As Super Bowl LII approaches, we wanted to know how the big game impacts sales in towns with NFL teams. So, our data science team at Womply analyzed transactions at small, local businesses—especially restaurants and bars—in every city with an NFL team for every Sunday of the NFL regular and postseason last year. Here’s what we found:
- Nationally, revenue at small restaurants, bars, and similar businesses is the same on Super Bowl Sunday as it is every other Sunday during the NFL season.
- Surprisingly, the only real bump in revenue for small businesses across the board is during the divisional playoffs.
- The good news: cities with NFL teams typically see moderately higher revenues than non-NFL cities during the entire NFL season.
It’s the biggest day money-making day for the NFL. It’s one of the biggest days for advertisers. But for most small businesses, it’s no different than any given Sunday.
One big exception: Boston
Last year, local businesses in Boston, home to Patriots, who won last year’s Super Bowl, got a 58% boost in revenue on Super Bowl Sunday. Sales in Atlanta, home of the Patriots’ opponent, the Falcons, were below average. Seems like everything tips the Patriots’ way, right?
A slightly smaller exception: Houston
It appears hosting the Super Bowl can give local restaurants and bars a bump, too. Sales at Houston businesses rose 48% on the day of the big game in ‘17. We’re keeping a close on Minneapolis, this year’s host city, to see if businesses there see a similar trend.
It is not the best, but it is far from the worst
Just because revenues don’t increase during the game doesn’t mean game night won’t be busy. It just means it’s not more profitable than your average Sunday game night. Our analysis focused on total sales, but the timing of those sales is another matter entirely. For example, it could be that a lot of folks watched the game at home and then went out for drinks afterward, which would cause a spike in traffic to bars in a small window of time.
As for the sales numbers, at first blush, we were a bit surprised ourselves. The Super Bowl is considered a huge day for consumerism, so we expected to see a big lift. But if you think about it, the Super Bowl is just one four-hour game. Factor in the capacity constraints and the fact that most Super Bowl watchers won’t be leaving before the game is over, turn-over rates for most tables will be low, and there won’t be much you can do to increase sales during the game.
Fun Fact: in 2017 the average cost per 30-second commercial cost $5.05 million. Last year, they made $534 million in ad sales. More interesting still, only 58% of Americans say they watch the Superbowl for the game. Coming in at 46%, the second highest reason people watch is for the commercials [source].
All in all, this is not bad news for small, local businesses. It’s a regular day and a great day to connect with your friends, family, and customers to cheer on your team. You may even consider using the opportunity to connect with some of your loyal customers. Just because it’s not a killer sales day, doesn’t mean it can’t be a good day for business.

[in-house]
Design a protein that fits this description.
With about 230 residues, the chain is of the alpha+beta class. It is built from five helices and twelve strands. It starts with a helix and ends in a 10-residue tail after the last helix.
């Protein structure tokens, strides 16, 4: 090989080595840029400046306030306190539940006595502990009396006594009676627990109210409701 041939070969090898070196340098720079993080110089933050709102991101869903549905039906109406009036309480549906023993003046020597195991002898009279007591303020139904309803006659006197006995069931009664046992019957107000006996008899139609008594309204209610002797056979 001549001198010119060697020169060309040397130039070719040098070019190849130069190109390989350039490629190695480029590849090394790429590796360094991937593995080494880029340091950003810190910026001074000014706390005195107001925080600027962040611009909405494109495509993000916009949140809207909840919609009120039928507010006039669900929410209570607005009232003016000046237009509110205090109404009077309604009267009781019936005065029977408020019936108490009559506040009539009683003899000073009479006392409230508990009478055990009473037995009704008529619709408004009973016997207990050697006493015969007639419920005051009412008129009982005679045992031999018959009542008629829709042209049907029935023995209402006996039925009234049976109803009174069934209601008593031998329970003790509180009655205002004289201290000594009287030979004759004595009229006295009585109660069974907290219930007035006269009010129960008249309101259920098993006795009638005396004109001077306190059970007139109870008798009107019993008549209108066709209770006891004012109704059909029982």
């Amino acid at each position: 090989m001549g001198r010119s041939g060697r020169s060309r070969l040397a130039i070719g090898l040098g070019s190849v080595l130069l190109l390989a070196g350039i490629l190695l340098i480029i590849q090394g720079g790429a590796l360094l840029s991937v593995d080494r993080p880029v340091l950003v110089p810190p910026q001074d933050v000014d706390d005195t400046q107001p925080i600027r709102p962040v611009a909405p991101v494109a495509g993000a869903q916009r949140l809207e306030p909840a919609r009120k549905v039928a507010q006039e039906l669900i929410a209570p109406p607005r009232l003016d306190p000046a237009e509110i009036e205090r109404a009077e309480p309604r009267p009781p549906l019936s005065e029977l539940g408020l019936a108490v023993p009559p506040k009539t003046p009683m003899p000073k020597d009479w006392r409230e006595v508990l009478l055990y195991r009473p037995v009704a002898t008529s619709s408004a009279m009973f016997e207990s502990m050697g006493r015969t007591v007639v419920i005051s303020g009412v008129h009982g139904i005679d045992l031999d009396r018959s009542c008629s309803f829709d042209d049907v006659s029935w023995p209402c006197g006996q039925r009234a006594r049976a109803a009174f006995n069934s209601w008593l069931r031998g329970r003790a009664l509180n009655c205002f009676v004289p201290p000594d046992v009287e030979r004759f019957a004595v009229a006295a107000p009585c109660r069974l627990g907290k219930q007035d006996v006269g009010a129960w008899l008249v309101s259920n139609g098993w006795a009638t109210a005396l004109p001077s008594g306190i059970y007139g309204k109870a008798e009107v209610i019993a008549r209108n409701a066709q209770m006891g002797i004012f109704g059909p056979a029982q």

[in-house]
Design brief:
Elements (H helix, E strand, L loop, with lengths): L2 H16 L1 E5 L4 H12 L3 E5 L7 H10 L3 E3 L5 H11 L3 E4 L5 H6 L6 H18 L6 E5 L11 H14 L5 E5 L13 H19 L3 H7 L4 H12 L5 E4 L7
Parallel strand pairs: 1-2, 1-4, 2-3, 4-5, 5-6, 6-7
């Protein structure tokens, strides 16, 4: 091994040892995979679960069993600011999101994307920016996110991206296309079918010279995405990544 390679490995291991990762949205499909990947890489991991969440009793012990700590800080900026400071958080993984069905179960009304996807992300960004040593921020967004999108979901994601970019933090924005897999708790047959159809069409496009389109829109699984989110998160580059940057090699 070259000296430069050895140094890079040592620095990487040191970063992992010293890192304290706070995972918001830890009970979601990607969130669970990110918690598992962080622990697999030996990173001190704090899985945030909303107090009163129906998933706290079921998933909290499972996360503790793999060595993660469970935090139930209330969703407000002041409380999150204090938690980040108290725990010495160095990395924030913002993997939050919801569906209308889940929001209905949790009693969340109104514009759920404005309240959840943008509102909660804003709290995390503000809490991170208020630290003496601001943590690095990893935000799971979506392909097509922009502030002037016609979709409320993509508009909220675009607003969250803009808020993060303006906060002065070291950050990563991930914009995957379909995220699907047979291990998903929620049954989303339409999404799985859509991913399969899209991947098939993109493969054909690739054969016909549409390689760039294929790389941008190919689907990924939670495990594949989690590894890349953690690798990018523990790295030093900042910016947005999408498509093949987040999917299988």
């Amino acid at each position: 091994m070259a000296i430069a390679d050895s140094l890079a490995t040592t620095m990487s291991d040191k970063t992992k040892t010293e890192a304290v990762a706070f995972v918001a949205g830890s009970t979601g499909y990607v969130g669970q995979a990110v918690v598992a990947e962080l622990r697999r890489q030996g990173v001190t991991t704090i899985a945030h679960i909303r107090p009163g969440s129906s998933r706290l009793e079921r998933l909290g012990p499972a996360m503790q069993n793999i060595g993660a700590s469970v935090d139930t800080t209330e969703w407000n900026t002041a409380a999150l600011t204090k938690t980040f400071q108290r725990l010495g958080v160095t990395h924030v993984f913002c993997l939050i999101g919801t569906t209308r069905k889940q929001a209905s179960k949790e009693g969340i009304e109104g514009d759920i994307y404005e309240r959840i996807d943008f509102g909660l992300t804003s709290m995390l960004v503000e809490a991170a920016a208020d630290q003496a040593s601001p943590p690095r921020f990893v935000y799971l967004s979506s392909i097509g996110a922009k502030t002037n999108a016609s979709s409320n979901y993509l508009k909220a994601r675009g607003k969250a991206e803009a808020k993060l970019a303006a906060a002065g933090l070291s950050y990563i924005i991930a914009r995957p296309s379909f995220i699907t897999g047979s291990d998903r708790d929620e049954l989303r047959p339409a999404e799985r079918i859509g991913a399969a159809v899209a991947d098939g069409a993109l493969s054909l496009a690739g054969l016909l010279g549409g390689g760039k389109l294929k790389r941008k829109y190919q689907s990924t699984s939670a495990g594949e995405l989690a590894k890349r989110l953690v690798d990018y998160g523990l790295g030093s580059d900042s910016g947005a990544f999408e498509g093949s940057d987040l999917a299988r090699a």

One last insight: The best revenue opportunities, from virtually every angle, are actually on divisional playoff weekend. During divisional playoffs, more teams play, which means more people have a vested interest in at least one game. With the playoffs being earlier in the season, most people have not yet reached the point where they are planning at-home social engagements.
The overall lesson is pretty clear—if you want to cash in on post-season football, look beyond the Super Bowl and focus on earlier rounds of playoffs, especially if you’re a bar or restaurant.
How do the biggest cities compare?
Below we’ve listed you’ll find the top cities and how their sales compared to their average revenue on Super Bowl Sunday.
A quick note on how to read this list: The number listed next to the city is the percentage of the average day’s sales. When we see 158% next to Boston, that tells us they saw a 58% rise in their average NFL-season Sunday sales. Dallas came in with a perfect 100%, meaning they neither saw an increase or decrease in sales. And coming in 19% below average, we see that Nashville and Pittsburgh only saw 81% of their average sales on the day of the Super Bowl.
- Boston, MA – 158% [The Patriots have had five Super Bowl wins]
- Baltimore, MD – 156% [The Ravens have had two Super Bowl wins]
- Houston, TX – 148%
- Cincinnati, OH – 136%
- Jacksonville, FL – 120%
- Buffalo, NY – 120%
- Charlotte, NC – 118%
- Oakland, CA – 113% [The Raiders have had three Super Bowl wins]
- Phoenix, AZ – 110%
- Tampa, FL – 109%
- Indianapolis, IN – 109%
- Los Angeles, CA – 109%
- Miami, FL – 107% [The Dolphins have had two Super Bowl wins]
- Seattle, WA – 105%
- New Orleans, LA – 103%
- Denver, CO – 101% [The Broncos have had three Super Bowl wins]
- Cleveland, OH – 101%
- Dallas, TX – 100% [The Cowboys have had five Super Bowl wins]
- Kansas City, MO – 99%
- Green Bay, WI – 98% [The Packers have had four Super Bowl wins]
- New York, NY – 97% [The Giants have had four Super Bowl wins]
- Minneapolis, MN – 97%
- Chicago, IL – 96%
- Washington, DC – 91%
- Detroit, MI – 91%
- Atlanta, GA – 91%
- Philadelphia, PA – 85%
- San Francisco, CA – 84% [The 49ers have had five Super Bowl wins]
- Nashville, TN – 81%
- Pittsburgh, PA – 81% [The Steelers have had six Super Bowl wins]
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